Well when people wake up to the fact the government is operating a De Facto form of Government are all agency’s are private corporations listed on Dunn and Bradstreet so this means they are being traded. So here is where you start to connect dots no matter what you want to believe or not the Media is to bought and paid for. So they get there orders and they report read papers from other countries you will learn more about your contry then you will in this country. Did the Media report the 40,000 new laws that went through on the 1st of January 2012 oh yes and that was a Sunday . No Congress. So how did this happen ? One Read the Bankruptcy Act of 1933 and rad the 4th headless Branch of governement. You can even find an article in the Miami Herald June 9th 1958 that explains it in print. or google the Corporation Nation apply yourself and get education that may well set you right into orbit. it did me. Als there is Blog by the same name. Maybe Even go to You tube and check out Walter Burien. Of Rod Class who explains and shows you how law was written and is being abused buy people who have no constitutional Oath. It is time for people to get with it get the education you were never given in school. Time to stop whining and get to work and learn it is all there. Stop being a slave. Stop being a victim and become a knowledge weapon loaded with Education and for ammo. And put there own rules and procedures back in there face and file paper work on them. Waving signs and voting in a new CEO which is what the Presidents seat is for a fact listed on Dunn and Bradstreet as Private Corporation. or let it all slide away! everyone has to take a stand and present the evidence in constructive manner. the media is just Kiss ass organisation of the government. People really have to be smart enough to see this by now. Degrading Oath Keepers who defended this country., Now you make them into villains and dangerous people shame on media spin Doctors. Bird Cage Liners that is about all they are good for!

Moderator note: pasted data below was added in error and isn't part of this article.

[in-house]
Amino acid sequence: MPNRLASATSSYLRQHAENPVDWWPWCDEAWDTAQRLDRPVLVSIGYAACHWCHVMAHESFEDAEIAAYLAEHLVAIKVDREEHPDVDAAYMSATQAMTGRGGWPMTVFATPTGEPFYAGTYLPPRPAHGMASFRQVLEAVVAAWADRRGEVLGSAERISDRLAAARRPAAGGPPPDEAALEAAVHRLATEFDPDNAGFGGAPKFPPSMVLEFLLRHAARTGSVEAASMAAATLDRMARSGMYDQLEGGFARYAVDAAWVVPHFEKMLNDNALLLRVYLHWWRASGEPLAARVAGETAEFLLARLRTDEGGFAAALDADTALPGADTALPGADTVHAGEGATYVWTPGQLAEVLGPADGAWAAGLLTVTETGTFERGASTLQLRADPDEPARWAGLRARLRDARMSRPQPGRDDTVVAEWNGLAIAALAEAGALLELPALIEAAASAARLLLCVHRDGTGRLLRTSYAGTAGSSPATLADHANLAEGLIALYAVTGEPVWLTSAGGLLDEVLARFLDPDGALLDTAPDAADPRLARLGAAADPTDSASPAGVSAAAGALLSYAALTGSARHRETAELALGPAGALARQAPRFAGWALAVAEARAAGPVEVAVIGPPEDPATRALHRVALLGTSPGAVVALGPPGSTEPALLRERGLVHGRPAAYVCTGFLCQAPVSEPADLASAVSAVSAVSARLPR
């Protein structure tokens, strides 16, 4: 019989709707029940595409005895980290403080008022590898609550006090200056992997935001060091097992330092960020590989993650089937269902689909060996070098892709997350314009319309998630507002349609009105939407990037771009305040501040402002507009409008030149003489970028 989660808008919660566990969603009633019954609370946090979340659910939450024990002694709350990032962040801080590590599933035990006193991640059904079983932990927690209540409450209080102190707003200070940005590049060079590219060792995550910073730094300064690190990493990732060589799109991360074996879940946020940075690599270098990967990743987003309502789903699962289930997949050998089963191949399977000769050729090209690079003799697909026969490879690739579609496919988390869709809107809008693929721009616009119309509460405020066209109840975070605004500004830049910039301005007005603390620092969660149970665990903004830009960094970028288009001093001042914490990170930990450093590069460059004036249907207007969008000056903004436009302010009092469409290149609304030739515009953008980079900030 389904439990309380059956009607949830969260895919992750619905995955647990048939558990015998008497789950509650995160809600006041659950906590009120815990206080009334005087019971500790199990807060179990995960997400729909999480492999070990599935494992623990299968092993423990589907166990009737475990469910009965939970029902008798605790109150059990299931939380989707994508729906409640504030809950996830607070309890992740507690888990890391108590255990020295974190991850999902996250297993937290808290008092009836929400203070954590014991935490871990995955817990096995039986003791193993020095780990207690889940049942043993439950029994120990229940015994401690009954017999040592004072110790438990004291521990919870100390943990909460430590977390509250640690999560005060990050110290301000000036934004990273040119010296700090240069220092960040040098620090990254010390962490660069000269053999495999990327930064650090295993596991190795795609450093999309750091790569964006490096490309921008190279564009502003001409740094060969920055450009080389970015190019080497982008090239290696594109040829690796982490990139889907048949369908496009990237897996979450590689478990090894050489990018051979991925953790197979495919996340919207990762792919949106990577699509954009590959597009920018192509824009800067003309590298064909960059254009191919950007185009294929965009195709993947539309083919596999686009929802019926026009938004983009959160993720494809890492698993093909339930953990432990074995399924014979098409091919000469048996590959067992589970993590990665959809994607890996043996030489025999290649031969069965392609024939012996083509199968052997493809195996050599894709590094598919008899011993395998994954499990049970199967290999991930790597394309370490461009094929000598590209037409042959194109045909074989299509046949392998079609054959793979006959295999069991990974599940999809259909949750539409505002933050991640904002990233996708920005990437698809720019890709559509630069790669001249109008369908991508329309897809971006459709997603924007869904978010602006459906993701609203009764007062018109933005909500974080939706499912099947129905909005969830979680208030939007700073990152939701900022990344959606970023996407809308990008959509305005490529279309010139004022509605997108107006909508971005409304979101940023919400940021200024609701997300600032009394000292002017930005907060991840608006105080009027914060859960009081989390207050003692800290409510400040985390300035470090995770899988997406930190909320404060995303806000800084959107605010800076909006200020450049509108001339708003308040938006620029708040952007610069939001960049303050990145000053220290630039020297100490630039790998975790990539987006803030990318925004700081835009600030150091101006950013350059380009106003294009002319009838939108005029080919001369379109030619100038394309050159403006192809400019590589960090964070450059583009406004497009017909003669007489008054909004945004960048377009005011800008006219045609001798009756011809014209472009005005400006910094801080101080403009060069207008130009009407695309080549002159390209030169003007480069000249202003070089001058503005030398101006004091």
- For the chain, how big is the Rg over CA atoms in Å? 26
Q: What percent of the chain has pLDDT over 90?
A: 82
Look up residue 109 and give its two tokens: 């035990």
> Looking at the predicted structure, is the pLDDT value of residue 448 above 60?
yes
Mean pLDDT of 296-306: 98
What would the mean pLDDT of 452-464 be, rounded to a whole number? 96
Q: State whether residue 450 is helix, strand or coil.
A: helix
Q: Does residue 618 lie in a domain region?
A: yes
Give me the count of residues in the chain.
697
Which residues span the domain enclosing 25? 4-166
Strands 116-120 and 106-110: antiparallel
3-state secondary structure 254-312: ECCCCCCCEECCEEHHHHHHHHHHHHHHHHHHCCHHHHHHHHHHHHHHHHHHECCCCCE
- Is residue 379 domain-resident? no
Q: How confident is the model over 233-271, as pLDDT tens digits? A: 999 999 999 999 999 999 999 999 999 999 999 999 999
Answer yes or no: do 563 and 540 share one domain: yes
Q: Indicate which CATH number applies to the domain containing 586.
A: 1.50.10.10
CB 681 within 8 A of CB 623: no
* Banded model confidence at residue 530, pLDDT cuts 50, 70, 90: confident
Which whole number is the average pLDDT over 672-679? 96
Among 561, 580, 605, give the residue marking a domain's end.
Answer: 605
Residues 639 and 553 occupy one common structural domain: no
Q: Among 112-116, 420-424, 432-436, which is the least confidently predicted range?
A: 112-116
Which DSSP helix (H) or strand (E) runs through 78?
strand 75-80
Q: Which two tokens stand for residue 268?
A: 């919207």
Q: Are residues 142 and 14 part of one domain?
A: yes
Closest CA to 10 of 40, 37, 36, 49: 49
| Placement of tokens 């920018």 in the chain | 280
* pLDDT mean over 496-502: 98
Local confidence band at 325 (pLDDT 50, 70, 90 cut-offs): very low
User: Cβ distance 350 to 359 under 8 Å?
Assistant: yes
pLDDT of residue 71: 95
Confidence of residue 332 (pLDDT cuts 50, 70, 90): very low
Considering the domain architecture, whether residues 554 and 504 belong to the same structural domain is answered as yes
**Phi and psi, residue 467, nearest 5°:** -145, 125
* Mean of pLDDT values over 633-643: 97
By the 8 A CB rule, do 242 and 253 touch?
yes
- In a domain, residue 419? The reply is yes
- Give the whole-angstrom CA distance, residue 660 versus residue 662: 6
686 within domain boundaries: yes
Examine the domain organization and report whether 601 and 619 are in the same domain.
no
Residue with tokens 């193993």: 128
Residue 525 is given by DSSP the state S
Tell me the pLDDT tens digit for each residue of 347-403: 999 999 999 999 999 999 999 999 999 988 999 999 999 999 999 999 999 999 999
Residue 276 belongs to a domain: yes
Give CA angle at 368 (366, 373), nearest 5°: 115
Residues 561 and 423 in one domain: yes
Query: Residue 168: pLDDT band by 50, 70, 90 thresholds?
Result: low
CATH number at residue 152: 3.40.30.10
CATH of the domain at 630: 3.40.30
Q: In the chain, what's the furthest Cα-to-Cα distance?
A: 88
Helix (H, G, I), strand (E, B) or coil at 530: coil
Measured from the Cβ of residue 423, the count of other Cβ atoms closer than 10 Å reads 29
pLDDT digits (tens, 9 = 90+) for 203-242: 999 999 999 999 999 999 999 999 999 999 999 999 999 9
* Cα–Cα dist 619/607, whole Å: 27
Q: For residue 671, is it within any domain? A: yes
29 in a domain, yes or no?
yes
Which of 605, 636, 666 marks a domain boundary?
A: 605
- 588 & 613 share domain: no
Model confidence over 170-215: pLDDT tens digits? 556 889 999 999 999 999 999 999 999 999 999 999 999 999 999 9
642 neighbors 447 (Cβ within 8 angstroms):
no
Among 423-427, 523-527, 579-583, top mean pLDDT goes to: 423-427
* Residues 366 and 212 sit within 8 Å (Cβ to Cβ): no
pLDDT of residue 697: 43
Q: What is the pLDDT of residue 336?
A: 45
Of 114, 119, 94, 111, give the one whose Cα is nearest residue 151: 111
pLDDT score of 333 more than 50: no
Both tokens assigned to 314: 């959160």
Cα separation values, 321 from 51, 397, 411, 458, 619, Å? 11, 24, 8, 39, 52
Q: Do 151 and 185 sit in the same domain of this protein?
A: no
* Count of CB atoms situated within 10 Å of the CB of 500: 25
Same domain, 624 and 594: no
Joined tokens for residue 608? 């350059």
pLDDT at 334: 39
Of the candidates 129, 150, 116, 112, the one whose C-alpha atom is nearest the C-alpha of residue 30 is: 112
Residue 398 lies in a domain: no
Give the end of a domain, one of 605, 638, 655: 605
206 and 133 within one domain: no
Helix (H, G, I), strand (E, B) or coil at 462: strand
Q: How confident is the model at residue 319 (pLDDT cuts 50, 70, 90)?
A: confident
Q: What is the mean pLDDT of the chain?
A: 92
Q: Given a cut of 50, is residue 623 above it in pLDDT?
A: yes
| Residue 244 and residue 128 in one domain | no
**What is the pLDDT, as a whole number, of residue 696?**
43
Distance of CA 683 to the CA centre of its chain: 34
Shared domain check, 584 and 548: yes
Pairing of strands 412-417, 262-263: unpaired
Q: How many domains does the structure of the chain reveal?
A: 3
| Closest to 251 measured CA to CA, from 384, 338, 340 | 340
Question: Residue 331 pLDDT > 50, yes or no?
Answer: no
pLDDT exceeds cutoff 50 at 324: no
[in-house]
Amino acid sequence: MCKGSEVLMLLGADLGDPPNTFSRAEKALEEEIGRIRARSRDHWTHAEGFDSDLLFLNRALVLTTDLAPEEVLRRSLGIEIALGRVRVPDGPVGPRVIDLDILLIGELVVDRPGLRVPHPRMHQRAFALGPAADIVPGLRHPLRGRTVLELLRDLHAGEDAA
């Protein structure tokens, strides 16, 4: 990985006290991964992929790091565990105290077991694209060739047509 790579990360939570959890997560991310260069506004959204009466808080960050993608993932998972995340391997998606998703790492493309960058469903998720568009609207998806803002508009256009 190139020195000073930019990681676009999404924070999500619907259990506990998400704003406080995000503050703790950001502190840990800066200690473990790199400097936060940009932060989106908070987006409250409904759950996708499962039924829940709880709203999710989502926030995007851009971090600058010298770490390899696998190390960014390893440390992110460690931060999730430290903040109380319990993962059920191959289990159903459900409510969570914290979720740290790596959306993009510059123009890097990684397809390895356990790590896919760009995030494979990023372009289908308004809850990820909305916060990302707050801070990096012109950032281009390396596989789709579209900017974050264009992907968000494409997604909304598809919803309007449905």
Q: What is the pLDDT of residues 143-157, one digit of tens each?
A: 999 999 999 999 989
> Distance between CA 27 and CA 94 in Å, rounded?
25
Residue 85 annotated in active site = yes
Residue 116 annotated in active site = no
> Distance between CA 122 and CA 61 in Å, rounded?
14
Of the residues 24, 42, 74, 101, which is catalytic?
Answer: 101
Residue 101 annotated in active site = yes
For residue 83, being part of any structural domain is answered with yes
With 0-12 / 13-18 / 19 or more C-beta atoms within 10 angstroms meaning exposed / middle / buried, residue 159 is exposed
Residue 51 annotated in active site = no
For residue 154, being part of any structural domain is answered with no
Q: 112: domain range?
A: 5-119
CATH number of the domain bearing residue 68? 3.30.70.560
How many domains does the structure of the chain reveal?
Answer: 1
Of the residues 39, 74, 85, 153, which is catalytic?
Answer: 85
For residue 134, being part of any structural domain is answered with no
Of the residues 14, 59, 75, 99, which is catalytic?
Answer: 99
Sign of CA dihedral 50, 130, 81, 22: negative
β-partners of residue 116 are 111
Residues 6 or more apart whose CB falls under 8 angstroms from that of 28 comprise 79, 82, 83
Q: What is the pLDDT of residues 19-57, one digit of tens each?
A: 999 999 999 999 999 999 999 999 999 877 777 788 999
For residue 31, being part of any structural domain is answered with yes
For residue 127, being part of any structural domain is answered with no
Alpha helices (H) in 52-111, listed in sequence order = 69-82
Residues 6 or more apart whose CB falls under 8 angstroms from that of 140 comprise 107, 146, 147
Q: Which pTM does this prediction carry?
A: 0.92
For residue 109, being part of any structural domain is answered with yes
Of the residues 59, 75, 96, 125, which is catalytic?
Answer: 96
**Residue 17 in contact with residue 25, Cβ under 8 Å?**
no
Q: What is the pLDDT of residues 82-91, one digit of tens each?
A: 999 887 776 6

• Kim

    Just give California to Mexico and bring our Troops home. That State has been a morally bankrupt for years!!!! They make me sick out there. The land of fruits and nuts.

    • Mgunns

      Thats what the boader folks asked me when I went into Cal. Do you have any fruits or vegies and I told them no they are already in Cal. No smile just waved me on.

    • pete

      Not all of us out here fit the “fruits and nuts” mold, but we can’t pick up and leave.

      Per the Feb 2012 report from the Federal Election Commission:
      1. “… Jeffery Katzenberg and Steven Speilberg are among the affluent Californians taking advantage of new campaign rules tha tallow them to donate unlimited amounts to assist President Obama’s re-election.”
      2. “…the figures show Obama raised $13.7 million last year, more than all of his Republican challengers combined.”
      3. “Statewide, Obama’s donors ranged from Hollywood stars Will Smith and George Clooney to Silicon Valley moguls Eric Schmidt, president of Google, and Craig Newmark, the founder of Craigslist.”
      4. “As the result of several recent Supreme Court decisions, donors can give unlimited sums to “super PAC’s”… ”
      5. “In all, 14 Californians accounted for half of the Obama PAC’s nationwide total donations.”

      Those laws that allow this weren’t passed by ONLY Californians. If your Senators and Representatives voted for them, the people who elected them to office are just as guilty of the moral decay in this country. The “vote out everybody but mine” attitude is what keeps us in our nose down spiral.

  • Jimbo


    Remember that the media is a business, selling its wares. It’s all designed to sell, not report the truth. The truth just isn’t exciting enough!

  • Sgt Alex Figueroa

    Well we should know better than trust the media and Dem,its ok when we answer the call[My two sons included,once you serve you become more expendable than when on Active duty,but I serve muycountry and my brothers in arms,they realy forget,that ok Ididnot serve for them I served my America God Bless Her Always.Sgt Alex Figueroa USA RET.

  • Harvey T. Neher

    This has been going on ever sence the 60’s and that was an all together differant war then but we all have PTSD even from that war but no one wants to own up to it . I know this because I have been turned down for it 32three times.

  • Jim